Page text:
Tremaine Emory’s appointment as Supreme’s creative director marks one of the brand’s biggest moves since being acquired by VF Corporation in 2020. Brendon Babenzien and Angelo Baque served as brand directors at the streetwear brand, but this is the first time Supreme has publicly confirmed an external creative director hire.
Emory is no stranger to Supreme. In past interviews, he has expressed his admiration for the brand and said he was friendly with its founder, James Jebbia. But Emory built a name for himself with Denim Tears, a clothing label that releases highly coveted garments tied to rich narratives about the African American experience. Denim Tears’ most popular releases are Levi's jeans covered in a cotton wreath motif—their first collaboration in 2020 was so successful that it led to Emory signing a two-year partnership deal with the brand last year.
“Denim is made from cotton. America is made from cotton. The Black experience started with picking cotton. So, Denim Tears,” Emory told The Face. “Metaphorically if you look at a pair of jeans or any garment that’s cotton, it traces all the way back to that.”
Much like his contemporary, Virgil Abloh, Emory represents a new class of designers who have redefined what a graphic T-shirt, hoodie, or sneaker can be. They both learned from the school of Supreme. But unlike Supreme, Emory approaches storytelling differently. He’s committed to forefronting a meaningful message as streetwear becomes more intertwined with hype and resale value. Last year he released a collection at London Fashion Week that shed a light on the plight of Caribbean immigrants in the UK who are apart of the the Windrush generation; he produced a knit flag sweater named after Tyson Beckford, a legendary Black model for Polo Ralph Lauren who made millions for the WASP-y American clothing brand; and released a David Hammons-inspired Converse collaboration that became a call to action for Nike to make actual commitments to diversity. Emory has never been afraid to use clothing as a vehicle to distribute knowledge and influence change.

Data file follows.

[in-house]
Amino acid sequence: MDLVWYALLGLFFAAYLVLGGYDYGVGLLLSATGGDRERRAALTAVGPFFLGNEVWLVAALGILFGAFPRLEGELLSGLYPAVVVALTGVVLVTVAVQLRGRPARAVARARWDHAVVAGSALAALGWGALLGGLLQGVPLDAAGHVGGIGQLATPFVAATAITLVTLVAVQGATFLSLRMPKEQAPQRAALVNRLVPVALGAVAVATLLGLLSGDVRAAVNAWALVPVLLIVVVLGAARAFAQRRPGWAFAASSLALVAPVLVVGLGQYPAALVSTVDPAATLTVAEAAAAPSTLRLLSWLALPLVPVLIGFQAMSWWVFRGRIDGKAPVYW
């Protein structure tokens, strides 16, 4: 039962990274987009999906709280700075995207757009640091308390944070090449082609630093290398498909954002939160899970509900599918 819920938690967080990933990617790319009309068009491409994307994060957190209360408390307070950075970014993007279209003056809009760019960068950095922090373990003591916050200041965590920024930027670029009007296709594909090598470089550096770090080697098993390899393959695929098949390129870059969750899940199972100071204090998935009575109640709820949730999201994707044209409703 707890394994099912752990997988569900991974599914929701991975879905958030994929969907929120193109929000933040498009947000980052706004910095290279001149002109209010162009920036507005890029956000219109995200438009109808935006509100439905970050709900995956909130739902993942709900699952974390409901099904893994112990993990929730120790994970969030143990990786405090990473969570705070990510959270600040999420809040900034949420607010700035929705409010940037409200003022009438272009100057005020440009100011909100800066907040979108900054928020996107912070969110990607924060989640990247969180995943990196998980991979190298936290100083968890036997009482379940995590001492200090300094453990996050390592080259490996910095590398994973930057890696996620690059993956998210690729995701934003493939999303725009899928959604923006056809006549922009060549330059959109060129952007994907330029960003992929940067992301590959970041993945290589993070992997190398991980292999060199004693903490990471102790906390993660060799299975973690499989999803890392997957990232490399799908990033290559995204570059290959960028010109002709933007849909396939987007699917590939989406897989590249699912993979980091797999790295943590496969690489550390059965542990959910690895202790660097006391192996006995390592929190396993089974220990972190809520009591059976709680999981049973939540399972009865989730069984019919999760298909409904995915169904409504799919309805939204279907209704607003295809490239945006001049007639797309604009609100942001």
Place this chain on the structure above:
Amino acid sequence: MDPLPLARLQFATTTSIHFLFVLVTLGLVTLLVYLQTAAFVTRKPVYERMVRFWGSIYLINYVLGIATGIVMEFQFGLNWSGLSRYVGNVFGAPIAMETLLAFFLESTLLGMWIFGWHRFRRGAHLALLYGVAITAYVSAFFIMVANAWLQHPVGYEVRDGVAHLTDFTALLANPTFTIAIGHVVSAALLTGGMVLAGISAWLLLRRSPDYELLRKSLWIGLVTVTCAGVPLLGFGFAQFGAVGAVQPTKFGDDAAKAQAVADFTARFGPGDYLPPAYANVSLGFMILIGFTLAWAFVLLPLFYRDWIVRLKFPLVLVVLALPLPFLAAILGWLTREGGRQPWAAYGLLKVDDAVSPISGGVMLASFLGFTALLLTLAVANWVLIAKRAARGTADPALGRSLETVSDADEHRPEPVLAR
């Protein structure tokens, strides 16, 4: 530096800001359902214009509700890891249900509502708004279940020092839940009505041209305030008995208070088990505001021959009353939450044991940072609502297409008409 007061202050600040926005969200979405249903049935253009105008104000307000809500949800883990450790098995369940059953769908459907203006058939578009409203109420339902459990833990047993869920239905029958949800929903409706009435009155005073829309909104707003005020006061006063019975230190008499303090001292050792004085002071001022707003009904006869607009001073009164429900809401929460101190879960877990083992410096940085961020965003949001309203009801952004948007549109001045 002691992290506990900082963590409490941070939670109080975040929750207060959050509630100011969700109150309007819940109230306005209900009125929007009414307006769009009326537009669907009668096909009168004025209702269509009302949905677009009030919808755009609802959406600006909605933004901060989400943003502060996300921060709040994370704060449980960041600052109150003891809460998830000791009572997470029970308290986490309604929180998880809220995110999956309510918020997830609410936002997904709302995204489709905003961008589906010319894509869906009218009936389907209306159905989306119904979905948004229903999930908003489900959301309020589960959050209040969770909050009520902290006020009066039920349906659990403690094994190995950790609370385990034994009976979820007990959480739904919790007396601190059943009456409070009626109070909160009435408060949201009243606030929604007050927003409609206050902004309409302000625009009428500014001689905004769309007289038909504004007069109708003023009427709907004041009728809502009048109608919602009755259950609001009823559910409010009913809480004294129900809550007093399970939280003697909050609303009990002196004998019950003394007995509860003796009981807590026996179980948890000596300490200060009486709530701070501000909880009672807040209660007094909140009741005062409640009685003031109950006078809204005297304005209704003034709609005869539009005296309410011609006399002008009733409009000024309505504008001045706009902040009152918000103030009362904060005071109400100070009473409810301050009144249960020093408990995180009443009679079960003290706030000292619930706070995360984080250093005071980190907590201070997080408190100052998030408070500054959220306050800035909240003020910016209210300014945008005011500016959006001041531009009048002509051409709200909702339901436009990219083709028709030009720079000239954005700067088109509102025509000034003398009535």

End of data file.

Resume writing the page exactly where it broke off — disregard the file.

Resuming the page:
“It’s like the Bee Gees song. ‘How deep is your love, how deep is your love, I really need to know.’ Are you just going to slap David Hammons and Marcus Garvey’s flag on this and make some money, or you going to help Black voters matter?” Emory told Complex, when speaking on his decision to delay the release of his 2020 Converse collaboration. “I also wanted to show people you can speak out and it’s OK, you’re still going to figure out how to pay for your rent, you’re still going to eat. Whether Converse would’ve dropped me or not, it doesn’t matter. What matters is talking about this thing. We can put all sorts of bullshit on Instagram, but let’s put some real shit up.”
And that’s why Supreme needs someone like Emory as its creative director.
Supreme holds a rich history. In 1994, British entrepreneur James Jebbia opened a skateboard shop in SoHo with a vision to create clothing that catered to downtown New York kids. In its earliest days, Supreme’s much-coveted box logo T-shirt wasn’t a symbol of wealth. It was a crest that represented a tribe of rebellious skateboarders who shredded the streets of New York. As the brand grew, Jebbia began to mirror designers like Ralph Lauren. Whereas Ralph Lauren situated Polo under a rose-tinted vision of Americana, Supreme created a universe of its own built off an idyllic vision of not just ‘90s New York, but urban culture at large. It’s why Supreme has collaborated with famous Amsterdam graffiti pioneers such as Delta or brands popularized by New York City rappers in the 2000s like B.B. Simon.
But what’s often missing from Supreme is context. A large part of the allure of many popular streetwear brands is being built off of a premise of “if you know, you know.” A windbreaker from its 2005 collection mimicked Polo’s Stadium 1992 jacket, a piece popularized by the Brooklyn Lo Lifes. A new fleece jacket in their Spring/Summer 2022 collection boasts a typeface on the back that was popularized by New York City breakers from the early years of hip-hop. However, Supreme will never spell this out for you. Sometimes, they’ll release a short one to two-minute video briefly explaining some of their collaborators in the “Random’’ section of their website or their social platforms. But the brand largely remains esoteric.
While creating mystique around a line isn’t new in fashion, at times it could backfire. Last season, that became clear when Supreme released a collaboration with True Religion and another iteration of a 700-Fill Gore-Tex down jacket covered in New York Yankees logos—a silhouette that’s known in certain New York City neighborhoods as the Marmot Mammoth Parka or a “Biggie” jacket. For some it was just another hyped Supreme release, but for certain New Yorkers, it was offensive.